COLLEGE: SAN JACINTO of Pasadena, Texas won the National Junior College tournament at Hutchinson, Kans. when it took the finals 66-64 over Mercer County of Trenton, N.J.

CURLING—CANADA, skipped by Ron Northcott, beat Scotland 8-6 in the finals to win the world championship in Montreal.

HOCKEY—NHL: With one week left in the regular season, MONTREAL (41-19-10) clinched first place in the East by beating the Red Wings 7-4 on Bob Rousseau's hat trick. Earlier in the week, the Canadiens split two games, including a 3-1 loss to BOSTON (36-24-10) when the Bruins scored three goals within 2½ minutes late in the third period. The Bruins also whacked the Black Hawks 8-0 to remain tied with NEW YORK (35-23-12) for second place, 10 points behind the Canadiens. With Ed Giacomin registering his eighth shutout—tops in the league—the Rangers beat Pittsburgh 3-0 and, with Bob Nevin scoring three goals, defeated the Black Hawks 5-3 before losing to the Maple Leafs 3-1. CHICAGO (32-23-15), three points out of second, won one of three, while fifth-place TORONTO (30-30-10) split four. One of the Maple Leafs' losses—to the Canadiens 3-2—eliminated the team from the Stanley Cup playoffs for the first time in the 10 years Punch Imlach has been coach. Last-place DETROIT (25-34-11) lost all three games it played. In the western division, PHILADELPHIA (30-29-11) won its first two games of the week, but a 4-2 loss to LOS ANGELES (31-31-9) dropped the Flyers into a tie for first place with the Kings, who had a 2-0-1 record. MINNESOTA (26-30-14) also won two and tied one and climbed into third place past ST. LOUIS (24-30-16), which lost two and tied one. PITTSBURGH (23-34-12) lost two of three and last-place OAKLAND (15-41-16) dropped two, tied one.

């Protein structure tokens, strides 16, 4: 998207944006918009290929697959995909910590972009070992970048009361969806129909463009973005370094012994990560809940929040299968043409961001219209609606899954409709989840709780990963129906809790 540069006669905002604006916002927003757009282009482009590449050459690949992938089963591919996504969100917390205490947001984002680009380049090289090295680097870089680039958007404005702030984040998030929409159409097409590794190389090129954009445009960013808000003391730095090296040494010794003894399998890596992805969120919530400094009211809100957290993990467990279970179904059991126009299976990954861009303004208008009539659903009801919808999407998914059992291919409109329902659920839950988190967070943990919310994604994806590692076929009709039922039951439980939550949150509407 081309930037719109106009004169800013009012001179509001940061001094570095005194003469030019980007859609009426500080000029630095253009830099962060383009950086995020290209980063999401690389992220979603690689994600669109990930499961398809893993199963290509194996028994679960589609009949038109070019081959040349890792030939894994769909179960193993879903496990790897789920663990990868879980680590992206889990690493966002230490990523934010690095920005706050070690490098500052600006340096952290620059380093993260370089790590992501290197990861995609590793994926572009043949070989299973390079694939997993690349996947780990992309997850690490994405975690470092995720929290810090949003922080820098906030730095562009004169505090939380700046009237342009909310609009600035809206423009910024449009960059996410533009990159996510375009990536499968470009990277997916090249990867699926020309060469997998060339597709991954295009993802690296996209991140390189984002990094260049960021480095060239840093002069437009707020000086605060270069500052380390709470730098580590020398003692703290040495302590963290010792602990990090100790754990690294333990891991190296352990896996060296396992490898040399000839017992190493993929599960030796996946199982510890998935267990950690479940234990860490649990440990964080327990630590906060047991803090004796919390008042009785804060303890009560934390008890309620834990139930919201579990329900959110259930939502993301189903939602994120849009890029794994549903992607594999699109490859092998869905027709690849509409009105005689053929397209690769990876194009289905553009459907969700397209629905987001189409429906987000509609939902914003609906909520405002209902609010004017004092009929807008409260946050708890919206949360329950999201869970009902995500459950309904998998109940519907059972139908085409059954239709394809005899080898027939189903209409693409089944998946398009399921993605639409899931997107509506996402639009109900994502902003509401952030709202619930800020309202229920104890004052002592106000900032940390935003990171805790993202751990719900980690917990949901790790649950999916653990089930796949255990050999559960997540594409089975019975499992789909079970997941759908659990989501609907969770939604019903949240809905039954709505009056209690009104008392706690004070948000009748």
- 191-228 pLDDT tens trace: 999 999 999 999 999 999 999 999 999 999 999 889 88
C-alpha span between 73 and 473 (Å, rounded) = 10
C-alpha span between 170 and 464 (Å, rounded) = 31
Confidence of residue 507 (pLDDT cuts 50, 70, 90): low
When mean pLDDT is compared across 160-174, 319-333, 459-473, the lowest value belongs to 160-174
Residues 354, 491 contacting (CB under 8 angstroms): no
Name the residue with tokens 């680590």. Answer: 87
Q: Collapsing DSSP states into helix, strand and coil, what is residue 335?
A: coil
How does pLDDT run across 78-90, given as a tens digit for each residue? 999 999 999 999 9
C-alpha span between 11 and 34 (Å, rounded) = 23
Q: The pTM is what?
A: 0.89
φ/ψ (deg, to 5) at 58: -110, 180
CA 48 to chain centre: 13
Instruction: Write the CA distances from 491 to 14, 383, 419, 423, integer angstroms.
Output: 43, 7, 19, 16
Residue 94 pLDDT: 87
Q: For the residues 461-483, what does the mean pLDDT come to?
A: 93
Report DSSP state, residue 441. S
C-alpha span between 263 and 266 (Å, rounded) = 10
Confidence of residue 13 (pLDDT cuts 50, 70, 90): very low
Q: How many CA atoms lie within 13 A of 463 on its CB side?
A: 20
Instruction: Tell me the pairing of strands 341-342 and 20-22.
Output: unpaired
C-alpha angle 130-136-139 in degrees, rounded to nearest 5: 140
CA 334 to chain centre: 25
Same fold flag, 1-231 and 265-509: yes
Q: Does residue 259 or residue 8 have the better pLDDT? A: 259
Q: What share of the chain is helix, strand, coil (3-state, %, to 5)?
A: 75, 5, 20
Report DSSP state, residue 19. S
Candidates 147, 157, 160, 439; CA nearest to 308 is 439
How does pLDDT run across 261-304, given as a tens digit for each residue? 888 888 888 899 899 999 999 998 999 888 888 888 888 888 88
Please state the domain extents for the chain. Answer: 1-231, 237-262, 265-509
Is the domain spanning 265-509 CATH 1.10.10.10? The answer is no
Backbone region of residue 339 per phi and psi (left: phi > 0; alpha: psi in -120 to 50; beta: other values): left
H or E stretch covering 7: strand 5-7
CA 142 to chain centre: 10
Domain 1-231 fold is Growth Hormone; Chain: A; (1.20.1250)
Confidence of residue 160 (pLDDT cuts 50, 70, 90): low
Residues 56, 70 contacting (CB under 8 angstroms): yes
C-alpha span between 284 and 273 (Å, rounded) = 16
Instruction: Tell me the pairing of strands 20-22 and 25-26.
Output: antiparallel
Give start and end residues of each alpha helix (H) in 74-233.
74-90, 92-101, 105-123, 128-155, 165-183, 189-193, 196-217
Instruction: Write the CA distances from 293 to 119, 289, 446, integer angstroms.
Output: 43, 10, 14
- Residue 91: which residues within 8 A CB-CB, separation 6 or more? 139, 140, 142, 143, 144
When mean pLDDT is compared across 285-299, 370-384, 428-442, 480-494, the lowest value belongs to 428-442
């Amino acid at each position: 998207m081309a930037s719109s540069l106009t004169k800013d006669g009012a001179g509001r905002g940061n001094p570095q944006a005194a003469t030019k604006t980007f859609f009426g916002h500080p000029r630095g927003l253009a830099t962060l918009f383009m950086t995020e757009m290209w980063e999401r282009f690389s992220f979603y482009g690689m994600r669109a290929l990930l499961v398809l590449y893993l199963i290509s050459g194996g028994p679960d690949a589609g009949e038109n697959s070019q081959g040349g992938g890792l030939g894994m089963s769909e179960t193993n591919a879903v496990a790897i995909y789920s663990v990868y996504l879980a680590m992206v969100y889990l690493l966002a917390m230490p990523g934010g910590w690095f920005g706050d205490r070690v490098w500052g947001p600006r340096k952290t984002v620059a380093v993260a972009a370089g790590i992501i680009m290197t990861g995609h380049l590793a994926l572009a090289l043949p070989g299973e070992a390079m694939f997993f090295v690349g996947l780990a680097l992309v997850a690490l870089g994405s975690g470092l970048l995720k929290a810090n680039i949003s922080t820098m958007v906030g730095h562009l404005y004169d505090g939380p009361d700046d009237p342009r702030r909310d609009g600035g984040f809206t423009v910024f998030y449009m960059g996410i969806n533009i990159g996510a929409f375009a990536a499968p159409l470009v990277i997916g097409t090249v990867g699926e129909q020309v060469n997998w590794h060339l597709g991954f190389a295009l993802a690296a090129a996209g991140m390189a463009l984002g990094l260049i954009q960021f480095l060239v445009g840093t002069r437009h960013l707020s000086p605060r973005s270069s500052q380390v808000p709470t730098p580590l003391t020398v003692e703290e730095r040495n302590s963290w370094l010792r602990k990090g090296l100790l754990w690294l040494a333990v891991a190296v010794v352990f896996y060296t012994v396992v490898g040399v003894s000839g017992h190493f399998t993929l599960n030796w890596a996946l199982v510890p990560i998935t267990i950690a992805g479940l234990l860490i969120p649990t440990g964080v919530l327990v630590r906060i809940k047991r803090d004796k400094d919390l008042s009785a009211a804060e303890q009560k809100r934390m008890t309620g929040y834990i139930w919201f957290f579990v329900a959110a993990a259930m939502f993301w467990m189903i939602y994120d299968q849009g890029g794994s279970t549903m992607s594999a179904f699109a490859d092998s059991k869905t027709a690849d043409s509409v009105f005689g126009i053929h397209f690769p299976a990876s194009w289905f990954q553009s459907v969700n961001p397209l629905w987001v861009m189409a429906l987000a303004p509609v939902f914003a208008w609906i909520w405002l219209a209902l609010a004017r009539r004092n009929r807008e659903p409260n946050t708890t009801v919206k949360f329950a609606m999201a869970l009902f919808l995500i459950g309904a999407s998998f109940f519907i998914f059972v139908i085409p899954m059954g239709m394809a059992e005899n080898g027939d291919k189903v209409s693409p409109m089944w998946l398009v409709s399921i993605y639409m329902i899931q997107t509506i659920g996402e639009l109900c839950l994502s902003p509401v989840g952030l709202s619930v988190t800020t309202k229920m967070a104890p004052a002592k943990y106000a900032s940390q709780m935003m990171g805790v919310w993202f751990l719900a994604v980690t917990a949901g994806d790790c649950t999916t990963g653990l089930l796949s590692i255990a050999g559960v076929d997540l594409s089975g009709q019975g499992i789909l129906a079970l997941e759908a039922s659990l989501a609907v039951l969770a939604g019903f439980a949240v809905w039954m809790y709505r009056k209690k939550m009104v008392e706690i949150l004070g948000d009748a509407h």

HORSE RACING—GENTLEMAN JAMES ($52.20), ridden by Richard Grubb, took the $126,000 1-mile Gulfstream Park Handicap in Florida by three lengths over Sacramento, who was awarded second when Rixdal was disqualified and placed sixth.

MOTOR SPORTS—PORSCHE finished 1-2 in the Sebring 12-hour endurance race in Florida (page 18).

SKIING—JEAN-CLAUDE KILLY won the slalom and giant slalom to lead France to the American International team title at Sun Valley (page 56).

Wyoming won the NCAA title at Steamboat Springs, Colo. with a total of 383.9 points—7.7 more than Defending Champion Denver, the winner the past seven years.

TRACK AND FIELD—MRS. DORIS BROWN of Seattle led the U.S. team to the women's international cross-country championship (3,000 meters) in Blackburn, England when she won the event for the second straight year, finishing 12 seconds ahead of teammate Vicki Foltz.

WRESTLING—OKLAHOMA STATE won its 26th NCAA championship, at University Park, Pa. with a total of 81 points, three more than runner-up Iowa State. WAYNE KELLER, a Cowboy sophomore, was named Outstanding Wrestler after he upset Portland State's Rick Sanders for the 123-pound class title. Sanders had won titles the past two years, and the loss was only his second in 105 matches. Other winners were: KEN MELCHOIR, Lock Haven State, 115-pound class; DAN GABLE, Iowa State, 130-pound; DALE ANDERSON, Michigan State, 137-pound; DALE BAHR, Iowa State, 145-pound; WAYNE WELLS, Oklahoma, 152-pound; REGINALD WICKS, Iowa State, 160-pound; MIKE GALLEGO, Fresno State, 167-pound; BOB JUSTICE, Colorado, 177-pound; NICK CAROLLO, Adams State, 191-pound; DAVE PORTER, Michigan, unlimited.

MILEPOSTS—APPOINTED: DONALD DELL, 29, of Washington, as captain of the U.S. Davis Cup tennis team. A member of the squad in 1961, Dell succeeds George MacCall of Los Angeles, who resigned to take over a professional group.

PICKED: The ROYALS, as the nickname of the American League's new baseball team in Kansas City, in a contest that drew 17,000 suggestions.